US, Philippines Sign Agreement on Strategic Civil Nuclear Cooperation

© Wikimedia CommonsBataan Nuclear Power Plant, Philippines
Bataan Nuclear Power Plant, Philippines - Sputnik International, 1920, 10.03.2022
The US State Department announced on Thursday the signing of a Memorandum of Understanding Concerning Strategic Civil Nuclear Cooperation. The deal will see Washington help Manila restart its nuclear power program.
“The United States and the Philippines have an enduring alliance and maintain long-standing cooperation in the fields of security, energy, commerce, and nonproliferation,” the State Department statement reads. “Deepening our cooperation in nuclear energy, science and technology has the potential to make a significant contribution to our shared clean energy goals, agricultural development, availability of clean water, medical treatments, and more. Our nuclear cooperation rests on a strong nonproliferation regime and the Philippines’ steadfast commitment to nonproliferation.”
The MOU was signed by US Undersecretary of State for Arms Control and International Security Bonnie Jenkins and Philippine Undersecretary of Energy Gerardo Erguiza, Jr.
Last month, Philippine President Rodrigo Duterte signed an executive order reviving the country’s mothballed nuclear power program in order to help the country phase out older coal-fired plants. In the lead-up to US President Joe Biden’s “climate summit” last April, Manila pledged to curb its greenhouse gas emissions by 75% by 2030.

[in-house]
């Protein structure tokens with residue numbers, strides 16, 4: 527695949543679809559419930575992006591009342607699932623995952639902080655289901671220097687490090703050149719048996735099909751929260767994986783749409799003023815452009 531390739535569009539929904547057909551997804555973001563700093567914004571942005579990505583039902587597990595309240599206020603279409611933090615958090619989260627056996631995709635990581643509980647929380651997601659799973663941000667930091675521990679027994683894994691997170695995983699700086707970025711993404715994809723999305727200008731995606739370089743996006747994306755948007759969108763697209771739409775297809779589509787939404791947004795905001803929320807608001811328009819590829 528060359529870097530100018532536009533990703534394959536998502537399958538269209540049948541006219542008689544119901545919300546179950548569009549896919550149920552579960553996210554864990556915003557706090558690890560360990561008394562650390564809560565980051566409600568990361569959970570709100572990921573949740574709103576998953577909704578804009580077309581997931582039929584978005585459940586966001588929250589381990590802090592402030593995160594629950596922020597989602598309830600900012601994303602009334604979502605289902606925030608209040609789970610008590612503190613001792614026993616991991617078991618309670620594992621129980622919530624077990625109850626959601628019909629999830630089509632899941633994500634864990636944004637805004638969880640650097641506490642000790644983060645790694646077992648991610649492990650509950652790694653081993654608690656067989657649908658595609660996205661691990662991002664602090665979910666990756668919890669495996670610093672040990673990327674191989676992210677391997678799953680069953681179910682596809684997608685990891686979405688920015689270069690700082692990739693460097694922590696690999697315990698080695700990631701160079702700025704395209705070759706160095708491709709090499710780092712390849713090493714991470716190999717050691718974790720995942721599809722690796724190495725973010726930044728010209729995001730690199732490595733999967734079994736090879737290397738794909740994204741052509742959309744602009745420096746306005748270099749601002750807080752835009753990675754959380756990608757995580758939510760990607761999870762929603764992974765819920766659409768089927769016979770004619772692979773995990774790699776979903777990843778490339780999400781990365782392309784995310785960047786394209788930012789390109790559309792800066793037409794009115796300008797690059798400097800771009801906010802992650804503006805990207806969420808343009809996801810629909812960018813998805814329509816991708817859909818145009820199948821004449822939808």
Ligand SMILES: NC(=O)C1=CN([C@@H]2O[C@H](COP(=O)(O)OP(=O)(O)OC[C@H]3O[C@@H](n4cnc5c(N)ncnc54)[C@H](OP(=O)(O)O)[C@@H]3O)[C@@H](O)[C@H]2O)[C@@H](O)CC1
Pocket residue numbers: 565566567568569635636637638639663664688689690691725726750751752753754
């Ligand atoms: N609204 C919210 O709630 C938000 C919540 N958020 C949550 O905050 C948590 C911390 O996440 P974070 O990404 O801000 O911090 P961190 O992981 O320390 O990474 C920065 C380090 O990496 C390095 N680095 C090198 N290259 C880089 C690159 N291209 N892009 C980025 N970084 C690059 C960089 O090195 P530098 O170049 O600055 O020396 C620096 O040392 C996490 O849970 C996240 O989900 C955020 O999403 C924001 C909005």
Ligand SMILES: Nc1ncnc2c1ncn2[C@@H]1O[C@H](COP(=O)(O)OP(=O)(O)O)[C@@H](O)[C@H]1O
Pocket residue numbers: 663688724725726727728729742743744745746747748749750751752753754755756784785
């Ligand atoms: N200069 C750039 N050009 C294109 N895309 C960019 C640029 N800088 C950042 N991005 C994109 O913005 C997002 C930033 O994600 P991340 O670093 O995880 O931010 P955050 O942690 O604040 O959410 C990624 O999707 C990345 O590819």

"Adopting a nuclear programme is not just about constructing nuclear power plants,” Erguiza said in a statement at the time, according to the Philippine News Agency. “It is a matter of energy and national security. Should it be decided in the future that the Philippines is fit and finally ready to embark on its nuclear energy journey then, we would be able to look back and appreciate this landmark issuance."
Part of that plan calls for reviving the mothballed Bataan Nuclear Power Plant, a 620-megawatt pressurized light water reactor built by the US nuclear power company Westinghouse in 1976 for the authoritarian regime of Ferdinand Marcos. However, as the plant neared completion, the 1986 disaster at the Chernobyl Nuclear Power Plant in the Soviet Union caused Manila to get cold feet about nuclear power, and the building has sat dormant ever since having never been fueled or turned on.
Other safety concerns also arose, such as potential impacts from an eruption of Mount Pinatubo 35 miles away, which at the time had been dormant for 500 years. However, the volcano erupted just six years later in June 1991 in what became the second-largest volcanic eruption of the 20th century.
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